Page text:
The United States Supreme Court, through Justice Anthony Kennedy, delivered its discussion in Town of Greece, New York v. Galloway, 134 S. Ct. 1811 (2014). According to the majority opinion, the Town of Greece, New York, did not impose an impermissible establishment of religion by opening its monthly board meetings with a prayer. The prayer in this case asked for blessings upon the community “in the name of our brother, Jesus.” The Court noted that the minister spoke in a distinctly Christian idiom.
Reviewing prior case law, the majority opinion held that the Establishment Clause of the First Amendment of the United States Constitution must be interpreted by “reference to historical practices and understandings.” 134 S. Ct. at 1819. Those opposing the prayer argue that a prayer must be nonsectarian or not identifiable with any religion. The Court swept this objection aside and found that invocations do not need to be nonsectarian. This would involve government in religious matters “to a far greater degree than is the case under the town’s current practice of neither editing nor approving prayers in advance nor criticizing their content after the fact.” 134 S. Ct. at 1822. It would be absurd, wrote Kennedy, to in effect require prayer to a “generic” God.
One of the more interesting components of the Opinion is whether the Court would ever step in to find an invocation at a town meeting violates the Constitution. “Prayer that is solemn and respectful in tone, that invites lawmakers to reflect upon shared ideals and common ends before they embark on the fractious business of governing, serves that legitimate function.” 134 S. Ct. at 1823. However if an invocation over time denigrates nonbelievers or religious minorities, threatens damnation or preaches conversion, then the Court may take a different view of the matter. In other words, in spite of its admonition not to interfere with the content of the prayer, if the prayer is really mean spirited and often repeated then the Courts may jump into the fire pit.
Again the Court stated at 1824, “Absent a pattern of prayers that over time denigrate, prosthelytize, or betray an impermissible government purpose, a challenge based solely on the content of a prayer will not likely establish a constitutional violation.” In other words, the court will not look at the content of a prayer unless it does not approve of the content of the prayer.
The Town of Greece was said to have made reasonable efforts to identify congregations within its borders, nearly all of whom are Christian. What would the Court have decided if Greece was a diverse community with synagogues, Hindu shrines and mosques? The court does not address that question.
Justice Kennedy created a distinction between “ceremonial prayer” and religious prayer.
Justice Alito and Justice Scalia concurred in the Opinion in order to criticize the dissenters. Alitio and Scalia refer to the dissent as “quite niggling.” Unquestionably, the attitudes of the Justices belie not merely a serious difference in principle but it also some very personal attitudes. The concurring opinion discusses the historical perspective of invocations and prayers before legislative bodies.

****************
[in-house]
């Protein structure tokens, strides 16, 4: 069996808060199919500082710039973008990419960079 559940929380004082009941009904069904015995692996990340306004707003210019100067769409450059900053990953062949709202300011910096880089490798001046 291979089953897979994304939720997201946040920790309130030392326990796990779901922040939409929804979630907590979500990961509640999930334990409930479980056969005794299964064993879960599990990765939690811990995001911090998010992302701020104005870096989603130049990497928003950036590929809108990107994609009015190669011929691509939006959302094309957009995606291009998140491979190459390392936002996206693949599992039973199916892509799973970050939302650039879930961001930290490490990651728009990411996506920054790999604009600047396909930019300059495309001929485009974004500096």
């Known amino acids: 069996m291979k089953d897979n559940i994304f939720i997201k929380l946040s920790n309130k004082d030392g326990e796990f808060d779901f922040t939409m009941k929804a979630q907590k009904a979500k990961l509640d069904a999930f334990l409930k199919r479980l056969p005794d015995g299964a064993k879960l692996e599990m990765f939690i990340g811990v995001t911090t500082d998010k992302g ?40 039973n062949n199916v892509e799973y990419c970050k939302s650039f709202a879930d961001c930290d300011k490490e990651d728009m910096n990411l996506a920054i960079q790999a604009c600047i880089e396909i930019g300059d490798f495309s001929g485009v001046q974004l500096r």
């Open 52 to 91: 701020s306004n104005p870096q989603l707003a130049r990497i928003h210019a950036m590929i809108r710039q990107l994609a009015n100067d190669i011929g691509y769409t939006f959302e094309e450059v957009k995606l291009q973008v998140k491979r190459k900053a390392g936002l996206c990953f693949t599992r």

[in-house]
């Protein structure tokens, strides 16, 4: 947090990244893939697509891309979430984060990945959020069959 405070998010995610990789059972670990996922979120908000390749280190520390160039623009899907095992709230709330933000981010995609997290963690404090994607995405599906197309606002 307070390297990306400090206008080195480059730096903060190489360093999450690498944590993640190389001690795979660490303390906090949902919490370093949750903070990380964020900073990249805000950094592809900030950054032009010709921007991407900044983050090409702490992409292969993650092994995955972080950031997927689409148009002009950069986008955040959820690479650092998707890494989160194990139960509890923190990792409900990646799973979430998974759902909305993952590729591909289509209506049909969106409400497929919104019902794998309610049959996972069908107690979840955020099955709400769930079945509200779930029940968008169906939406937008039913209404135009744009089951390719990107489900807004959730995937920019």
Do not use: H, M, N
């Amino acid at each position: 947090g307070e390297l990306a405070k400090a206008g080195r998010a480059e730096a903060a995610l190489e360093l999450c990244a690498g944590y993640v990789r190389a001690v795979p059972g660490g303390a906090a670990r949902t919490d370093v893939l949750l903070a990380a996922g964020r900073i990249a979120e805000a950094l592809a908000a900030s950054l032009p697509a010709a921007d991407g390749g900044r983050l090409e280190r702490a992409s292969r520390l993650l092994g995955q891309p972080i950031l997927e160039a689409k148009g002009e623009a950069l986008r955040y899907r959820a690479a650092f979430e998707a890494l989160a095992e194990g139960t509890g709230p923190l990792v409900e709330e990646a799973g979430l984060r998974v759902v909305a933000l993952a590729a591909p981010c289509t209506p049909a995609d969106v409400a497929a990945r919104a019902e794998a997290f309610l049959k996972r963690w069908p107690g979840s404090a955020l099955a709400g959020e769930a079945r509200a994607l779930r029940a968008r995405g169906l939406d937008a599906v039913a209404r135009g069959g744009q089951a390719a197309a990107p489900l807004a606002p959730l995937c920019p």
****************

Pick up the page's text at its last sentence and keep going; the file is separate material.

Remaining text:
Justice Thomas also wrote a concurring opinion, part of which was joined in by Justice Scalia. Thomas seems to argue that the States may not even be bound by the First Amendment at all. Many would think that issue was settled a long time ago. Thomas concluded that the burden of persuasion rests with those who claimed that the First Amendment assumed a different meaning upon adoption of the Fourteenth Amendment. The Establishment Clause, argues Thomas, has not been interpreted properly by modern decisions. Coercion, Thomas argues, must be at the heart of the establishment or there will be no violation of the First Amendment.
The dissenters, Breyer, Kagan, Ginsburg, and Sotomayor were equally emphatic. The dissenters opined that the Town of Greece failed to make reasonable efforts to include prayer givers of minority faiths and hence the prayers given were exclusively of a single faith. The debate between the minority and the majority opinion reveals a deep rift within our nation with respect to the role of religion in government. The lengthy and thoughtful opinion by Justice Kagan, like one of the majority writers, is steeped in historic tradition and a review of the prior case law but arrives at a different conclusion. Kagan even went so far as to quote an exchange of correspondence between George Washington and Moses Seixas, a lay official of the Jewish Congregation in Newport, Rhode Island. Washington wrote to Seixas, “that toleration is spoken of, as if it was by the indulgence of one class of people” to another, lesser one. For “[a]ll possess alike…immunities of citizenship.” 134 S. Ct. at 1854. Letter to Newport Hebrew Congregation (Aug. 18, 1790). The way Justice Kagan sees it, the First Amendment requires full and equal membership in the “polity” for members of every religious group.
Undoubtedly the argument will go on.
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Cliff Rieders, who practices law in Williamsport, is Past President of the Pennsylvania Trial Lawyers Association and a member of the Pennsylvania Patient Safety Authority. None of the opinions expressed necessarily represent the views of these organizations.